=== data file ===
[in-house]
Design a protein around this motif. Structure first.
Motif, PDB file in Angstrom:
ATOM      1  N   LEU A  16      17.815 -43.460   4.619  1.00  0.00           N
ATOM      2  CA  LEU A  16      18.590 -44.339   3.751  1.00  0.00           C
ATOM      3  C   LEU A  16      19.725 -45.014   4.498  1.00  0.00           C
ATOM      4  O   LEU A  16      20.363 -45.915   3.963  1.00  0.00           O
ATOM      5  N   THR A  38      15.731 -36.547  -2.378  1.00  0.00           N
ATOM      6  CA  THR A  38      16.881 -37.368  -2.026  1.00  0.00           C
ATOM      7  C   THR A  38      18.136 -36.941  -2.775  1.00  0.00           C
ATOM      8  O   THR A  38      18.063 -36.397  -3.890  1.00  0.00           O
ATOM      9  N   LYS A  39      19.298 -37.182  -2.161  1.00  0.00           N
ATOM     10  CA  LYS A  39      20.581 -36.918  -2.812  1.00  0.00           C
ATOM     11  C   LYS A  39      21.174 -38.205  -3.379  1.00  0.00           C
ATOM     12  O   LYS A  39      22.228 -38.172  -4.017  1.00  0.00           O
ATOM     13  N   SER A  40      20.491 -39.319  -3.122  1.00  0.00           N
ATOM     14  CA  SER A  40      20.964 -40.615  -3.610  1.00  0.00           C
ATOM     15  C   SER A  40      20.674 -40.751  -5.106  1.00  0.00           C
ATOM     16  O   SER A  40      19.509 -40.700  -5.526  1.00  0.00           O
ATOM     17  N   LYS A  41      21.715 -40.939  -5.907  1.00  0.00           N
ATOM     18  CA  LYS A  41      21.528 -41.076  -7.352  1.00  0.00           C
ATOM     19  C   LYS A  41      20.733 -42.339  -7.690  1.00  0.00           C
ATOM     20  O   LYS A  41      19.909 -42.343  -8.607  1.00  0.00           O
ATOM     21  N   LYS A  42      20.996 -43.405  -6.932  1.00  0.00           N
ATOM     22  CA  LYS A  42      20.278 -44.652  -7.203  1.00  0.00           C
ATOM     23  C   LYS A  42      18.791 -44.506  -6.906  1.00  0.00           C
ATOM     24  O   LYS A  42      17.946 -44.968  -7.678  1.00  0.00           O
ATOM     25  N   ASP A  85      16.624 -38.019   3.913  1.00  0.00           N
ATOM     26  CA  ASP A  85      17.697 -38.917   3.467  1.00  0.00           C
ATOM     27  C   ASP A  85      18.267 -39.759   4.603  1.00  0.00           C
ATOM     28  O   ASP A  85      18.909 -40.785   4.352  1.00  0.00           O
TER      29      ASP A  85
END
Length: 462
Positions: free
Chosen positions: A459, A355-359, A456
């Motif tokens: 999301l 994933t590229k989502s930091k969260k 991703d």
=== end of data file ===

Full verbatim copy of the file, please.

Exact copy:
[in-house]
Design a protein around this motif. Structure first.
Motif, PDB file in Angstrom:
ATOM      1  N   LEU A  16      17.815 -43.460   4.619  1.00  0.00           N
ATOM      2  CA  LEU A  16      18.590 -44.339   3.751  1.00  0.00           C
ATOM      3  C   LEU A  16      19.725 -45.014   4.498  1.00  0.00           C
ATOM      4  O   LEU A  16      20.363 -45.915   3.963  1.00  0.00           O
ATOM      5  N   THR A  38      15.731 -36.547  -2.378  1.00  0.00           N
ATOM      6  CA  THR A  38      16.881 -37.368  -2.026  1.00  0.00           C
ATOM      7  C   THR A  38      18.136 -36.941  -2.775  1.00  0.00           C
ATOM      8  O   THR A  38      18.063 -36.397  -3.890  1.00  0.00           O
ATOM      9  N   LYS A  39      19.298 -37.182  -2.161  1.00  0.00           N
ATOM     10  CA  LYS A  39      20.581 -36.918  -2.812  1.00  0.00           C
ATOM     11  C   LYS A  39      21.174 -38.205  -3.379  1.00  0.00           C
ATOM     12  O   LYS A  39      22.228 -38.172  -4.017  1.00  0.00           O
ATOM     13  N   SER A  40      20.491 -39.319  -3.122  1.00  0.00           N
ATOM     14  CA  SER A  40      20.964 -40.615  -3.610  1.00  0.00           C
ATOM     15  C   SER A  40      20.674 -40.751  -5.106  1.00  0.00           C
ATOM     16  O   SER A  40      19.509 -40.700  -5.526  1.00  0.00           O
ATOM     17  N   LYS A  41      21.715 -40.939  -5.907  1.00  0.00           N
ATOM     18  CA  LYS A  41      21.528 -41.076  -7.352  1.00  0.00           C
ATOM     19  C   LYS A  41      20.733 -42.339  -7.690  1.00  0.00           C
ATOM     20  O   LYS A  41      19.909 -42.343  -8.607  1.00  0.00           O
ATOM     21  N   LYS A  42      20.996 -43.405  -6.932  1.00  0.00           N
ATOM     22  CA  LYS A  42      20.278 -44.652  -7.203  1.00  0.00           C
ATOM     23  C   LYS A  42      18.791 -44.506  -6.906  1.00  0.00           C
ATOM     24  O   LYS A  42      17.946 -44.968  -7.678  1.00  0.00           O
ATOM     25  N   ASP A  85      16.624 -38.019   3.913  1.00  0.00           N
ATOM     26  CA  ASP A  85      17.697 -38.917   3.467  1.00  0.00           C
ATOM     27  C   ASP A  85      18.267 -39.759   4.603  1.00  0.00           C
ATOM     28  O   ASP A  85      18.909 -40.785   4.352  1.00  0.00           O
TER      29      ASP A  85
END
Length: 462
Positions: free
Chosen positions: A459, A355-359, A456
């Motif tokens: 999301l 994933t590229k989502s930091k969260k 991703d």